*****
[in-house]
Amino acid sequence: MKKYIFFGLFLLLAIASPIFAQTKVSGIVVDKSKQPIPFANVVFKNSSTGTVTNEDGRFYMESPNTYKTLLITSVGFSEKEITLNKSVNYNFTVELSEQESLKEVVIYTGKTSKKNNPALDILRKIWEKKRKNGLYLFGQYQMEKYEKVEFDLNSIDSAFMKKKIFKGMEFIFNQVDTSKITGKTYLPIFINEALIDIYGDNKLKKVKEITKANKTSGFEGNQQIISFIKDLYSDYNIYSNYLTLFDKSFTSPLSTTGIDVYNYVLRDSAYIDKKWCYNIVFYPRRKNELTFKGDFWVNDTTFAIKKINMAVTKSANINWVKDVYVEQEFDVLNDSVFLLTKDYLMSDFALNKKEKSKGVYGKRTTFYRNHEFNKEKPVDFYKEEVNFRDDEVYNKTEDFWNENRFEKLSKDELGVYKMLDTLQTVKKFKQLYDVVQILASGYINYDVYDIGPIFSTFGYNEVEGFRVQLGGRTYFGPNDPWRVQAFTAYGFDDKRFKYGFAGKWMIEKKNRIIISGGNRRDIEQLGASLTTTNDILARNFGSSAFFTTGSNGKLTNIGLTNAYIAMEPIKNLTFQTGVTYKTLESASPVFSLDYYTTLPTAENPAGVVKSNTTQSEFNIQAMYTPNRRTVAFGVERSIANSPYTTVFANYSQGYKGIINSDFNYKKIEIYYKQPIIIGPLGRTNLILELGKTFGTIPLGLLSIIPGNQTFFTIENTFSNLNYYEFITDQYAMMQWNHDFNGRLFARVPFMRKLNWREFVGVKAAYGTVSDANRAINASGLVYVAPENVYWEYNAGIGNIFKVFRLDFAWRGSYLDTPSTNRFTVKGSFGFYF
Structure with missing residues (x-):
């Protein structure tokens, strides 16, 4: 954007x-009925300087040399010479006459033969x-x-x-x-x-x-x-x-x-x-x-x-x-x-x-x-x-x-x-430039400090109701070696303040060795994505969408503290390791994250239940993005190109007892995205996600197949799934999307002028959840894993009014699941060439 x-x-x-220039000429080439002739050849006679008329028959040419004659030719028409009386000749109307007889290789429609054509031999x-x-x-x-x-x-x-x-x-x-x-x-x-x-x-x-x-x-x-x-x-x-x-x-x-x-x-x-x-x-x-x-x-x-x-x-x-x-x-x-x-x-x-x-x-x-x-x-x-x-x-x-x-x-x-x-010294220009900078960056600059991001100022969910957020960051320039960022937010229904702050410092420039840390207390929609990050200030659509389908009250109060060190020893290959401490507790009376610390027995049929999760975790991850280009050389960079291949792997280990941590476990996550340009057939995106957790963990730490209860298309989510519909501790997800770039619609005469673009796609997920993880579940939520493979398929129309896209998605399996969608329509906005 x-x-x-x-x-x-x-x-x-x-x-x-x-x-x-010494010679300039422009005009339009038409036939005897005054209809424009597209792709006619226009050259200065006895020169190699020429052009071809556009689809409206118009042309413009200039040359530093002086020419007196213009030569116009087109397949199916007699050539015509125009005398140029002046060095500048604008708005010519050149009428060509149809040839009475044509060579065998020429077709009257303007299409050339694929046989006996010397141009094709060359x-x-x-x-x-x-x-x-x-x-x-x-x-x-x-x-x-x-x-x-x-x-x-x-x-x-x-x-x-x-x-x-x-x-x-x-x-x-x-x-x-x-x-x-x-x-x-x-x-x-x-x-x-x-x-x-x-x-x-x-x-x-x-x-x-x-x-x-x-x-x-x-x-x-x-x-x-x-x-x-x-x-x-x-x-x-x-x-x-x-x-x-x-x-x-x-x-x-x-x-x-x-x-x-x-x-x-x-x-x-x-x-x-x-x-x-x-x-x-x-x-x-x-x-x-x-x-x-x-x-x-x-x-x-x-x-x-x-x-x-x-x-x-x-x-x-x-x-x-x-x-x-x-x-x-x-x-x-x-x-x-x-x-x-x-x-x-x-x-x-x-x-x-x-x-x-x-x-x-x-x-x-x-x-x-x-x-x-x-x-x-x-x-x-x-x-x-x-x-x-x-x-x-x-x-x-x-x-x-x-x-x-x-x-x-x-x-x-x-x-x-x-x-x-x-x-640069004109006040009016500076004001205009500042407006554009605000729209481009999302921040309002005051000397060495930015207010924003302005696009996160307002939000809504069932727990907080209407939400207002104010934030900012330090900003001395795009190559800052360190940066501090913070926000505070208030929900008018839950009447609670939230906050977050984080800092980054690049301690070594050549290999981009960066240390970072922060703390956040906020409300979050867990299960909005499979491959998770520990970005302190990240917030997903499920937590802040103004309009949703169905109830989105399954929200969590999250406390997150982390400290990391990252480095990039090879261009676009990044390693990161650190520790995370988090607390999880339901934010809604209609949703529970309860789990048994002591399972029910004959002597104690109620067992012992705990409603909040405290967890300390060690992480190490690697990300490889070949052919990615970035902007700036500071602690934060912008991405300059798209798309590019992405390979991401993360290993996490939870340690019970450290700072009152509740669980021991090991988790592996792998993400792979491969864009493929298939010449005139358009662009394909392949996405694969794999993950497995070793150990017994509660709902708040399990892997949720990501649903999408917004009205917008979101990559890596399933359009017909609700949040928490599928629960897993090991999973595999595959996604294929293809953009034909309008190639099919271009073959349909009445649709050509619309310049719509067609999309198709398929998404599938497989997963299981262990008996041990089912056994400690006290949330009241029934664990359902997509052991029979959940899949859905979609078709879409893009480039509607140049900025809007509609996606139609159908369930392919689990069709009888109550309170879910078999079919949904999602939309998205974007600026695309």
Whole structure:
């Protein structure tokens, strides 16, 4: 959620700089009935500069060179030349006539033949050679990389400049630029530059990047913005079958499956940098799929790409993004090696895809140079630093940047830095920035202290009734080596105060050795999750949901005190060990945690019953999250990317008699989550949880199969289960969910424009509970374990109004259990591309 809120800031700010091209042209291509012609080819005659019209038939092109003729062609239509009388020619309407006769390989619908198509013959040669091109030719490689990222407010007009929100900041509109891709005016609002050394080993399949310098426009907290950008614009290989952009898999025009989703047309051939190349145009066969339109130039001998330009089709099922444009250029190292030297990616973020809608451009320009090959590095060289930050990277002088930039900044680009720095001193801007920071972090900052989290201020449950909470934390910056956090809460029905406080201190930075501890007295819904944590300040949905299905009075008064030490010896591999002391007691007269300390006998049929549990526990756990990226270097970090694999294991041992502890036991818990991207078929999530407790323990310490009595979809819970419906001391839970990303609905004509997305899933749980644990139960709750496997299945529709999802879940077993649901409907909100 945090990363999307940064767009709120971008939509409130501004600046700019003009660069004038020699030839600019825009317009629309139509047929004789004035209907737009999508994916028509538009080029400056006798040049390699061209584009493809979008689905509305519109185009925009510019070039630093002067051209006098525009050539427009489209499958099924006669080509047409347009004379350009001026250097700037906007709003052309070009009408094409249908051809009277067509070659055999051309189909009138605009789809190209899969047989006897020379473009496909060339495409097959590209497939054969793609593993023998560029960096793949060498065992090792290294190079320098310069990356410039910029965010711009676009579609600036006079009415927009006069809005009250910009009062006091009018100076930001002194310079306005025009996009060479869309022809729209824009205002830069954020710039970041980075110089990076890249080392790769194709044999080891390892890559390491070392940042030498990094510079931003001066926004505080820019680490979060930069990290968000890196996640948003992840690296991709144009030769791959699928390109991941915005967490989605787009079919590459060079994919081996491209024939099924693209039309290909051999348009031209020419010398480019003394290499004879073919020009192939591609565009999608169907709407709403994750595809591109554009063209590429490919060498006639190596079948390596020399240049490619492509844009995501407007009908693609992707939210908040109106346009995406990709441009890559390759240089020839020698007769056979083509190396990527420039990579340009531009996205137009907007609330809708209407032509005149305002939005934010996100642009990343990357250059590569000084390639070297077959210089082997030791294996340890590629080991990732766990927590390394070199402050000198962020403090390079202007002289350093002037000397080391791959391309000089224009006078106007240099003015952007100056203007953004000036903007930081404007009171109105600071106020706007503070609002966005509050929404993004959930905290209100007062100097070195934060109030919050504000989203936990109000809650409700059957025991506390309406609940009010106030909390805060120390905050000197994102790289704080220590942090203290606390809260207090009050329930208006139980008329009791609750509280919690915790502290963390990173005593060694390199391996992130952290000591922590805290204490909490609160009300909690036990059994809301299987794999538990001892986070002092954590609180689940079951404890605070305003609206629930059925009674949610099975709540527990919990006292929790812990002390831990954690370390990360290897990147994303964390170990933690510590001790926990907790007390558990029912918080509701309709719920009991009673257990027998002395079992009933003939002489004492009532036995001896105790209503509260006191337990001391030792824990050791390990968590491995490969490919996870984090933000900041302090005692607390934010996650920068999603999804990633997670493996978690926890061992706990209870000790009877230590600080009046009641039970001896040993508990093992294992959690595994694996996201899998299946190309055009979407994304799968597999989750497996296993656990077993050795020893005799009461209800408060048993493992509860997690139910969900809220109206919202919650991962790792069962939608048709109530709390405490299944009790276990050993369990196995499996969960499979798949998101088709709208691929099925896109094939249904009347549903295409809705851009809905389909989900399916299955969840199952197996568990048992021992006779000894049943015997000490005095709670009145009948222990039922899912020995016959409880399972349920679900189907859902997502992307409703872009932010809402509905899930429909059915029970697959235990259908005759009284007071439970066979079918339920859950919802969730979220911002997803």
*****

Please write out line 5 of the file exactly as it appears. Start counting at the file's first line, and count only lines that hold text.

Whole structure: